Parry's 'Jerusalem' intro'

On the last chord of the organ music we play another bridge, again decorated with vocal harmonies:

'New Jerusalem' Bridge 3B'

A round of vocal choruses follow. When we get to chorus no. 5 I play a solo which quotes from Parry's hymn tune ('And did those feet...')

'New Jerusalem' Keyboard solo #2'

O v e r   &   O u t

Our journey through the troubled psyche of the British nationalistic mindset concludes where it started, with a riff heard at the intro of the song - as you'll recall from last month's article, it's played on a keyboard patch called 'Fairvox', originally a Fairlight CMI vocal sample. The riff starts with a slight variant (marked in red), straightens itelf out then goes a bit oo-er (as we say in the trade) for the second half of the passage, where the bass line mutates slightly. We refer to this final instrumental passage as the 'mad verse', for reasons which should be obvious - Gavin excels himself with a crazy 'rhythmic illusion' described in detail in the 'Drums & Recording Notes' section of ths article (see link below).

'New Jerusalem' final instrumental verse Keys

Watch Beren play the 'mad verse' bass line

The deranged rhythmic battle comes to halt with a truly horrible chord, followed by a pair of massed stabs and a classic G.B.R.E. (Great British Rock Ending) where everyone goes bonkers.

'New Jerusalem' Ending Keys

Here's the latter few minutes of the album mix of 'New Jerusalem', featuring Gavin Harrison on drums:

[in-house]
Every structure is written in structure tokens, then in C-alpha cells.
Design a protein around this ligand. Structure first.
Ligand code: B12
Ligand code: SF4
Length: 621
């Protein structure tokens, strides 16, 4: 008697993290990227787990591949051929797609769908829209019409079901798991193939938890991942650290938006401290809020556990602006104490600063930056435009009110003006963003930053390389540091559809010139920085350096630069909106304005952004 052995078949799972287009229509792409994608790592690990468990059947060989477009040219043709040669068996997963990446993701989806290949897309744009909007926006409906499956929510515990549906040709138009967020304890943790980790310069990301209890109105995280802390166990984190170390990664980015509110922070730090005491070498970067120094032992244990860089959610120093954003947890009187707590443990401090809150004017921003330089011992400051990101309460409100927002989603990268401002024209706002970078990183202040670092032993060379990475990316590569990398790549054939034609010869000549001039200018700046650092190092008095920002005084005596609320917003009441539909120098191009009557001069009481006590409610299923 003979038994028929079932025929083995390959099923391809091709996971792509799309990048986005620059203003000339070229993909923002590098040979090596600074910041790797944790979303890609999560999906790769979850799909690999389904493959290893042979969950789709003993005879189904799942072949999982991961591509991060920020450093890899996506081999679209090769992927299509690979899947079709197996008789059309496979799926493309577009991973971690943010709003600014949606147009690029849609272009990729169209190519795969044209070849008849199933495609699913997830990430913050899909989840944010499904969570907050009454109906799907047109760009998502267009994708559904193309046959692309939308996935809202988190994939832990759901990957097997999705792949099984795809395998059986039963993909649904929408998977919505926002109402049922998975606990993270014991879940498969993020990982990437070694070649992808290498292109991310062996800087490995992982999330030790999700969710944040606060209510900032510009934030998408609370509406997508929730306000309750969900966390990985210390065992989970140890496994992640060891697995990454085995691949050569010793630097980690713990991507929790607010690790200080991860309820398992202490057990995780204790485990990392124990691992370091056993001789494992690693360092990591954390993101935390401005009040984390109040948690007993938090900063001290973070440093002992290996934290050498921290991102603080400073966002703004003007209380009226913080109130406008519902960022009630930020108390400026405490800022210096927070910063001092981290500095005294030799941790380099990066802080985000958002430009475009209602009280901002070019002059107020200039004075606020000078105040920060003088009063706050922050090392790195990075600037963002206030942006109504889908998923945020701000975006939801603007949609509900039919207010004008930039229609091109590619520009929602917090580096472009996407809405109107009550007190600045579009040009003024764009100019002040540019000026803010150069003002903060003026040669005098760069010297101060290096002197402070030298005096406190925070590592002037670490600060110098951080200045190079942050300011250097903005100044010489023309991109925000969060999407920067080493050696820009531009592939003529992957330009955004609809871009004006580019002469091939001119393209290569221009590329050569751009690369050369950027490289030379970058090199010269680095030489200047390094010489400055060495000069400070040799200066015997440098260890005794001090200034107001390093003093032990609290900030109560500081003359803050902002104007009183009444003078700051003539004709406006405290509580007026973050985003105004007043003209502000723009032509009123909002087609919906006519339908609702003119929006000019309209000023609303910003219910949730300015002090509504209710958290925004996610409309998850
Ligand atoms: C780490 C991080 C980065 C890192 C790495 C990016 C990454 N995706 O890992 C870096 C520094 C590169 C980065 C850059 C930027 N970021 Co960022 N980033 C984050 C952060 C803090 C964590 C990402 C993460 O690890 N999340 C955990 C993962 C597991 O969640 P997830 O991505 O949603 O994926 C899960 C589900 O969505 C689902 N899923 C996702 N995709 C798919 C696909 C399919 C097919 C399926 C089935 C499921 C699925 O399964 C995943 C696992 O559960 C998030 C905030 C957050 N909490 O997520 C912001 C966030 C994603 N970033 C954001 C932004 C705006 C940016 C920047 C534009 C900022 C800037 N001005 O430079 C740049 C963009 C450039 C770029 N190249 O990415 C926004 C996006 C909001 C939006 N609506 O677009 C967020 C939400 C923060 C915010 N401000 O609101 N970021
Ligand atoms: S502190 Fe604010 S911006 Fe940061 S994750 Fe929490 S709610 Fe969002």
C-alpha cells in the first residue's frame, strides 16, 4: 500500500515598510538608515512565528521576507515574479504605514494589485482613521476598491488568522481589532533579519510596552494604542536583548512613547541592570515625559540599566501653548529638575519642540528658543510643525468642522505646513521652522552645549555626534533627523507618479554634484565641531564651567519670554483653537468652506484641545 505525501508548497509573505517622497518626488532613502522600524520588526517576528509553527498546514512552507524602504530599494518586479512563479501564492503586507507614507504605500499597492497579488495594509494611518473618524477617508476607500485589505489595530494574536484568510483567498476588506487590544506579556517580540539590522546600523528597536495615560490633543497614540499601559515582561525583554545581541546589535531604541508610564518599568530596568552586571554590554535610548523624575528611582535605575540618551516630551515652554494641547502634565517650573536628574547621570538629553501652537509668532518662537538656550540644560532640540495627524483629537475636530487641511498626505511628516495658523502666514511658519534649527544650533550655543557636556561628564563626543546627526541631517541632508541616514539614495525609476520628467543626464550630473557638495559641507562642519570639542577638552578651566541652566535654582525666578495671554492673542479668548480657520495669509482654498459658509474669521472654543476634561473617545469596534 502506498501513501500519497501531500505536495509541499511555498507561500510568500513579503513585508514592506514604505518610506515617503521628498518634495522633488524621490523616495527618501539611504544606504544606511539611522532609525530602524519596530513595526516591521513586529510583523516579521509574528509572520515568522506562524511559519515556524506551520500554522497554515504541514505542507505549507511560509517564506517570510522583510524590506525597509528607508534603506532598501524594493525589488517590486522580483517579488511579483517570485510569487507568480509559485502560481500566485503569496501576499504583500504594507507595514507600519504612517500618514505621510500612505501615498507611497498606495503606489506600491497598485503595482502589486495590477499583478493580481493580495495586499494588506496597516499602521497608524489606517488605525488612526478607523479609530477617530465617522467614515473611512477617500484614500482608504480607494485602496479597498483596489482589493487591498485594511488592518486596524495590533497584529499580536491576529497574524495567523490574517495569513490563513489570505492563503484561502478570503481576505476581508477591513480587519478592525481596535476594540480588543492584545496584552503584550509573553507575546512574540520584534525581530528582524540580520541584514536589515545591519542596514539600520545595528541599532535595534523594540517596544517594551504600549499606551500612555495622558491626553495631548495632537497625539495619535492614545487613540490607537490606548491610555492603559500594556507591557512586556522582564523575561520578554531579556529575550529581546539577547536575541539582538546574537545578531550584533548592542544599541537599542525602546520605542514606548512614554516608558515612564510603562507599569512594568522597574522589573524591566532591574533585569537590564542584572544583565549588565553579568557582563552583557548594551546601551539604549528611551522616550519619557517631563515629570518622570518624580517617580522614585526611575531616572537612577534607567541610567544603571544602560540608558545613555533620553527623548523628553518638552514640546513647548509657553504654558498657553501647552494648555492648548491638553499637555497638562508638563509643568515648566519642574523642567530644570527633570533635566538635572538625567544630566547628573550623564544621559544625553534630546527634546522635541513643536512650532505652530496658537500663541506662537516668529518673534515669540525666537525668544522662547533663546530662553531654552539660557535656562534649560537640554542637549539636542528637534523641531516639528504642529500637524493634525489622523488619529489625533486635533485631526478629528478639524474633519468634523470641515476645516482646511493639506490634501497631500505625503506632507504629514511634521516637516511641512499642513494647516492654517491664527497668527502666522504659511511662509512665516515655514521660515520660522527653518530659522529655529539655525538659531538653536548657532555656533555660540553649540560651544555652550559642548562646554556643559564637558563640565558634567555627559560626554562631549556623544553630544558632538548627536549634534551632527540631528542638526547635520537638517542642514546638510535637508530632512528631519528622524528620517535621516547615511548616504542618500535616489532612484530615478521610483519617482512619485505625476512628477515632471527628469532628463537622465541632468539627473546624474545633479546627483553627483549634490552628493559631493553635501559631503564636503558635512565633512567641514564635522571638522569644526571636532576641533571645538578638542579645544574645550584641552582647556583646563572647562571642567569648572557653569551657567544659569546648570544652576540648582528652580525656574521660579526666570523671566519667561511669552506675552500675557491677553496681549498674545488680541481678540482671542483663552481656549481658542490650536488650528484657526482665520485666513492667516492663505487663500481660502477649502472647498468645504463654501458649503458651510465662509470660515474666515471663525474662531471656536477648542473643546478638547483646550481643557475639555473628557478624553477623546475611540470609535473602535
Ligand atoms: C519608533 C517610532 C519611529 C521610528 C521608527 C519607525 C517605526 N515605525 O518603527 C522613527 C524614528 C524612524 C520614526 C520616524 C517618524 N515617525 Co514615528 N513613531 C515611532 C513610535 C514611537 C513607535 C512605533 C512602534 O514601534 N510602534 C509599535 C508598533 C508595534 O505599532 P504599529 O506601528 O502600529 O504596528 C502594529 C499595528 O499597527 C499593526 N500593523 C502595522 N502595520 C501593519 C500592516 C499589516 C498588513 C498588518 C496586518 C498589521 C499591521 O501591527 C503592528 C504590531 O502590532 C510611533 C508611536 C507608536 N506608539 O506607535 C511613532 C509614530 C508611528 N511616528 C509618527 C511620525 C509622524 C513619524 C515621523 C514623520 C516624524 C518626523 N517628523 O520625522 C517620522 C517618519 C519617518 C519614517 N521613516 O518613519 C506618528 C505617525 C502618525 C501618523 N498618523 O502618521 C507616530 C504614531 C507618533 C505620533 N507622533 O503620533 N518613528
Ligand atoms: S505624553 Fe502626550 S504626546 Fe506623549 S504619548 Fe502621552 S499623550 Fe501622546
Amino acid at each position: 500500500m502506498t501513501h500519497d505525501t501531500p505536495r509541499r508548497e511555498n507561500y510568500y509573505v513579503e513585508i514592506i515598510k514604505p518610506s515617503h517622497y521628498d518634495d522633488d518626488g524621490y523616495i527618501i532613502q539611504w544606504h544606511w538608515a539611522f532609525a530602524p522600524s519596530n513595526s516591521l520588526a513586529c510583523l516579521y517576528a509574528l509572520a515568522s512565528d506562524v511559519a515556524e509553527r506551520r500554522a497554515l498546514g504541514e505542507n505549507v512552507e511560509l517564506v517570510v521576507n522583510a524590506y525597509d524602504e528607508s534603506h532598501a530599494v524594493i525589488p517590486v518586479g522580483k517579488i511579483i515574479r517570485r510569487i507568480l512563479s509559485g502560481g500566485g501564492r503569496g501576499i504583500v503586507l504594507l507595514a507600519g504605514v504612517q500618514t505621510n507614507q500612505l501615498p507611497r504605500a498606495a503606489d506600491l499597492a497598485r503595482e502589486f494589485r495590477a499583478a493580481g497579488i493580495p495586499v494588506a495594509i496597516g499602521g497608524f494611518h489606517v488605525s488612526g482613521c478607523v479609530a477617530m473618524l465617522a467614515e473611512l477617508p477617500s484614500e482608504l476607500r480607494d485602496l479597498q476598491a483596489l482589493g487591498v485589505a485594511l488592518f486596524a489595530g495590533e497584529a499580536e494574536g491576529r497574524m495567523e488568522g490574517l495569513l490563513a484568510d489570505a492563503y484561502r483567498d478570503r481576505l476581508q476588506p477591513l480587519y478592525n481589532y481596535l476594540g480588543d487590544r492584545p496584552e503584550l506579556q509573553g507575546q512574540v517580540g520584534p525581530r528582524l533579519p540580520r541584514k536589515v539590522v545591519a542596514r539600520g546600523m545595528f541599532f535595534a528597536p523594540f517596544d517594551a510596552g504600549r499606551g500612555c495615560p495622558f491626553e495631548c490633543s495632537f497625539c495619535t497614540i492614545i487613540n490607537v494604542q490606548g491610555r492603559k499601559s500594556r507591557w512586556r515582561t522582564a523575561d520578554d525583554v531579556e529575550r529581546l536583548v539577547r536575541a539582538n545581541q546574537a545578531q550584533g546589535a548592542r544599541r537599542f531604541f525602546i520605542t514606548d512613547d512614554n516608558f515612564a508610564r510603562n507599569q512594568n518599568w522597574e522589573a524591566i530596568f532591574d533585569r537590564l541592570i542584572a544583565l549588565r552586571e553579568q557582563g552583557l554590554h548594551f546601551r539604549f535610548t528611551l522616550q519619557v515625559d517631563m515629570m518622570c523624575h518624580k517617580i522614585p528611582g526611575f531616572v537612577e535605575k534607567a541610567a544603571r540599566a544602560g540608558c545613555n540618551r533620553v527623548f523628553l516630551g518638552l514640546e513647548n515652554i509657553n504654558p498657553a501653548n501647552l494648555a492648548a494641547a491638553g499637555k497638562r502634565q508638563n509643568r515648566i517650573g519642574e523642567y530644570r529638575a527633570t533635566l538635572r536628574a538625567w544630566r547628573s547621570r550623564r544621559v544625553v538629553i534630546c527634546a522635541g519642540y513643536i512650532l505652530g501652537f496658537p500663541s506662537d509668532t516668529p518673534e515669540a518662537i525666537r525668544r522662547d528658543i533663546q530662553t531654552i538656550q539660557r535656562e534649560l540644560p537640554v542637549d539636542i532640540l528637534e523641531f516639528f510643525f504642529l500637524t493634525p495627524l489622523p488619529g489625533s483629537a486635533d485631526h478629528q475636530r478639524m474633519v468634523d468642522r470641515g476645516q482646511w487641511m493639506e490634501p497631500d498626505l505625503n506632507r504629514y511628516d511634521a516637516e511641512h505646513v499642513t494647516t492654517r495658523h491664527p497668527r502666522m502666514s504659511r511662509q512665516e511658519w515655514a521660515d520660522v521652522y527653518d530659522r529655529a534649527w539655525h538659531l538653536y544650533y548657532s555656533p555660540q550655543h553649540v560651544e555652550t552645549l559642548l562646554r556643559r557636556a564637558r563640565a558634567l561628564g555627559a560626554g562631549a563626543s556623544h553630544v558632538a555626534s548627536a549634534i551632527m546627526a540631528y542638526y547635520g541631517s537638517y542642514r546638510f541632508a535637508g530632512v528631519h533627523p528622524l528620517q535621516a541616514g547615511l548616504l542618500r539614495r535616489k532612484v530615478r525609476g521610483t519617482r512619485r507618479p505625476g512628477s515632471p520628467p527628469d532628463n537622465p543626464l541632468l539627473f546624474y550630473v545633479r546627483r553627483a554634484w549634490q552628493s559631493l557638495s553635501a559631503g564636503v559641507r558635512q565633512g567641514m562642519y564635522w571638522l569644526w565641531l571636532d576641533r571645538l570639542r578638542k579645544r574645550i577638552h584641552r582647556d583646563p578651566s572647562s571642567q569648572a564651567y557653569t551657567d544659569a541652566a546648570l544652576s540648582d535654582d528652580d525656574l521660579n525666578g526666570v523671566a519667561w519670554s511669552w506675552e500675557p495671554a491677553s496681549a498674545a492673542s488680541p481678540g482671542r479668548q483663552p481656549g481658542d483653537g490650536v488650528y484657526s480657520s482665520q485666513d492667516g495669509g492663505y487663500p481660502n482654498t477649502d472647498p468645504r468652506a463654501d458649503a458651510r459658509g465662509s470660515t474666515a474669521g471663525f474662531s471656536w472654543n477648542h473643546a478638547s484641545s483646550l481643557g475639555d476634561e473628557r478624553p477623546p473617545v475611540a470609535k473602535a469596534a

F u r t h e r   R e a d i n g

New Jerusalem (Part 2) - Drums & Recording Notes
Last month's article New Jerusalem (Part 1).
More Beren Matthews guitar videos

~

New Jerusalem (D. Stewart)

I close my eyes and hold my head in shame
As we sink beneath the waves
I'm still wondering who to blame
There's no sun in the sky and no birds left to sing
In the country of the blind no-one notices a thing

See the lords of this land rub their hands in glee
'Cos the green fields and mountains are their private property
And the sound that we hear as we stumble down the road
Is the ticking of a time bomb getting ready to explode

But we don't worry 'bout a thing
When we can sing Jerusalem

Sing Jerusalem with your banners flying
It's a requiem for a nation dying
Lift your voice but don't lift a hand
To build Jerusalem in England's green and pleasant land

Home is the hero with medals on his chest
Free to push a broom in the land he loves the best
For the green fields of England are like a foreign land
Where once lay pleasant pastures now shopping centres stand

And the hills of the north have been stripped of every tree
While the mad men of industry pump poison in the sea

But we don't worry 'bout a thing
When we can sing Jerusalem

Sing Jerusalem with your banners blazing
Sound the horn and beat the drum, oh what hell you're raising
National pride our favourite theme
Sing Jerusalem but remember it's only a dream

I close my eyes and in my dream Brittania comes to me (and she says)
My ships are sinking, my hopes are drowning, set me free

We don't worry 'bout a thing
When we can sing Jerusalem

Sing Jerusalem with your banners flying
It's a requiem for a nation dying
Fly the flag but don't lift a hand
To build Jerusalem in England's green and pleasant land

Sing Jerusalem, you're not singing any more
Too tired to carry on as you march to war
Raise your voice when things go wrong
Sing Jerusalem but remember it's only a song

Oh my country (sing Jerusalem)
Oh how I love you (it's a requiem)
Hand in hand, divided we stand
Gonna build Jerusalem way up on these clouded hills
Just like we always planned

To build Jerusalem...
In the country of the damned

*

Thanks for reading!

Dave Stewart, UK

'New Jerusalem' by Dave Stewart, © Budding Music 1990.
From the album The Big Idea by Dave Stewart & Barbara Gaskin, ℗ Broken Records BRCDLP-03.
See Inside The Music Vols. 1 & 2 for more Stewart / Gaskin song deconstructions.

Stewart / Gaskin home page